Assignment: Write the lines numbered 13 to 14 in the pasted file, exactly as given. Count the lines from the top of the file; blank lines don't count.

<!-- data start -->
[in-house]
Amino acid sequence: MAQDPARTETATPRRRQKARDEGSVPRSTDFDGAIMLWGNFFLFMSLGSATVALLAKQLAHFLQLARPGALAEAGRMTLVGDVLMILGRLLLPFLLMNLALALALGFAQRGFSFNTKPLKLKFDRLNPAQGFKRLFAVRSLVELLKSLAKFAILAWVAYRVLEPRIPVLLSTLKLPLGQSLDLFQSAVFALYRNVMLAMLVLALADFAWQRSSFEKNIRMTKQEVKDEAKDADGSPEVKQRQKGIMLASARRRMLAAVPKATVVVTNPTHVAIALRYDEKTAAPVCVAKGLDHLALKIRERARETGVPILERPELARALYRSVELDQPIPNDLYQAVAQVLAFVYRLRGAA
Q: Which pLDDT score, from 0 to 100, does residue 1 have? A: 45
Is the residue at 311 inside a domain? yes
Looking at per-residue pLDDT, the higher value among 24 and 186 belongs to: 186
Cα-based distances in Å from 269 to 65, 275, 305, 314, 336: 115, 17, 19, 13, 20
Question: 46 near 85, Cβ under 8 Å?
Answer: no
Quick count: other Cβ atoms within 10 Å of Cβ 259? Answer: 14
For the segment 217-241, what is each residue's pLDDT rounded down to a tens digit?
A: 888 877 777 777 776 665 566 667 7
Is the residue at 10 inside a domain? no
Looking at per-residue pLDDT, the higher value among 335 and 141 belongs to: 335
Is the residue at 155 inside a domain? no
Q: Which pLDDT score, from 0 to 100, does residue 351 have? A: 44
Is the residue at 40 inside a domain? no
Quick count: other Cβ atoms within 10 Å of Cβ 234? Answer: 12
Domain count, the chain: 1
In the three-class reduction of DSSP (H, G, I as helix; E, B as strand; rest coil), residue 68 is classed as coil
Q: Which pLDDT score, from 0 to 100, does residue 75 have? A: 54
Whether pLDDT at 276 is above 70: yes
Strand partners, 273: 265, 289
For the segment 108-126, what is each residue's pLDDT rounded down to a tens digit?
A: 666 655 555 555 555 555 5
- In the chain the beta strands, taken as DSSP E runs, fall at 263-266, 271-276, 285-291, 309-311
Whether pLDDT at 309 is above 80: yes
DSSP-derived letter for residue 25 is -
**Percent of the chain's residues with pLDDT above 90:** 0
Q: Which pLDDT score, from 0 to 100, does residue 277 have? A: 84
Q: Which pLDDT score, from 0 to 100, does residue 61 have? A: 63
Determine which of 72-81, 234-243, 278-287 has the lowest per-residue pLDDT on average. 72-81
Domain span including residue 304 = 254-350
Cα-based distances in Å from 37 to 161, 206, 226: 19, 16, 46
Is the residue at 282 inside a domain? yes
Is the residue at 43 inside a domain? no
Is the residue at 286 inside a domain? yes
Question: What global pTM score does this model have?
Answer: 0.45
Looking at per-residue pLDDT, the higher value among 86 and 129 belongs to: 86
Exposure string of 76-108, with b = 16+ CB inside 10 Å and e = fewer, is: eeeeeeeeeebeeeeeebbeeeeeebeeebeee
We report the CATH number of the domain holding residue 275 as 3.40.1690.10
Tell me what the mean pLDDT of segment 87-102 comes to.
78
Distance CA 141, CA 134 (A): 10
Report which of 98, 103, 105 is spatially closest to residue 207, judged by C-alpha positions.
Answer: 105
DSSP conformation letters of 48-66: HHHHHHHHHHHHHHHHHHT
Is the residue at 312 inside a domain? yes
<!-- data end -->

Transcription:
Looking at per-residue pLDDT, the higher value among 335 and 141 belongs to: 335
Is the residue at 155 inside a domain? no